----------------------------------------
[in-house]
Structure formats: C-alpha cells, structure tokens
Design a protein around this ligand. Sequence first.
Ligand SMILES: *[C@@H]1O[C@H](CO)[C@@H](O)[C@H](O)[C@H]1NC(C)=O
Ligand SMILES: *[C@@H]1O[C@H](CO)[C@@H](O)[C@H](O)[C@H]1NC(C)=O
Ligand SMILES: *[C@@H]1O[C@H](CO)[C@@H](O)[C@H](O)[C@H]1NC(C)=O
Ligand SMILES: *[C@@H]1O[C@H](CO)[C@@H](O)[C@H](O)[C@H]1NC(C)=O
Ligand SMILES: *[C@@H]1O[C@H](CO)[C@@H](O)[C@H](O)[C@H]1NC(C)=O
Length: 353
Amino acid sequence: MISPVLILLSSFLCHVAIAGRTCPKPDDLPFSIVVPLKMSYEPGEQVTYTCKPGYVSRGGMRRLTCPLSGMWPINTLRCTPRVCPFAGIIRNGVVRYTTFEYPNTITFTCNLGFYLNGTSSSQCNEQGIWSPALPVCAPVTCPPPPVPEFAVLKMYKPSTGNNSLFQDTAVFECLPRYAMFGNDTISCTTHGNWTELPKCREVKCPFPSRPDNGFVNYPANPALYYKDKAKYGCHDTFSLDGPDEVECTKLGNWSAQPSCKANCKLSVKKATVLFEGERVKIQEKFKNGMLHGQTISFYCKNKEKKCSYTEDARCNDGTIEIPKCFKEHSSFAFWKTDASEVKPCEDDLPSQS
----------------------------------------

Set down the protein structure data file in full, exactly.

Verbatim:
[in-house]
Structure formats: C-alpha cells, structure tokens
Design a protein around this ligand. Sequence first.
Ligand SMILES: *[C@@H]1O[C@H](CO)[C@@H](O)[C@H](O)[C@H]1NC(C)=O
Ligand SMILES: *[C@@H]1O[C@H](CO)[C@@H](O)[C@H](O)[C@H]1NC(C)=O
Ligand SMILES: *[C@@H]1O[C@H](CO)[C@@H](O)[C@H](O)[C@H]1NC(C)=O
Ligand SMILES: *[C@@H]1O[C@H](CO)[C@@H](O)[C@H](O)[C@H]1NC(C)=O
Ligand SMILES: *[C@@H]1O[C@H](CO)[C@@H](O)[C@H](O)[C@H]1NC(C)=O
Length: 353
Amino acid sequence: MISPVLILLSSFLCHVAIAGRTCPKPDDLPFSIVVPLKMSYEPGEQVTYTCKPGYVSRGGMRRLTCPLSGMWPINTLRCTPRVCPFAGIIRNGVVRYTTFEYPNTITFTCNLGFYLNGTSSSQCNEQGIWSPALPVCAPVTCPPPPVPEFAVLKMYKPSTGNNSLFQDTAVFECLPRYAMFGNDTISCTTHGNWTELPKCREVKCPFPSRPDNGFVNYPANPALYYKDKAKYGCHDTFSLDGPDEVECTKLGNWSAQPSCKANCKLSVKKATVLFEGERVKIQEKFKNGMLHGQTISFYCKNKEKKCSYTEDARCNDGTIEIPKCFKEHSSFAFWKTDASEVKPCEDDLPSQS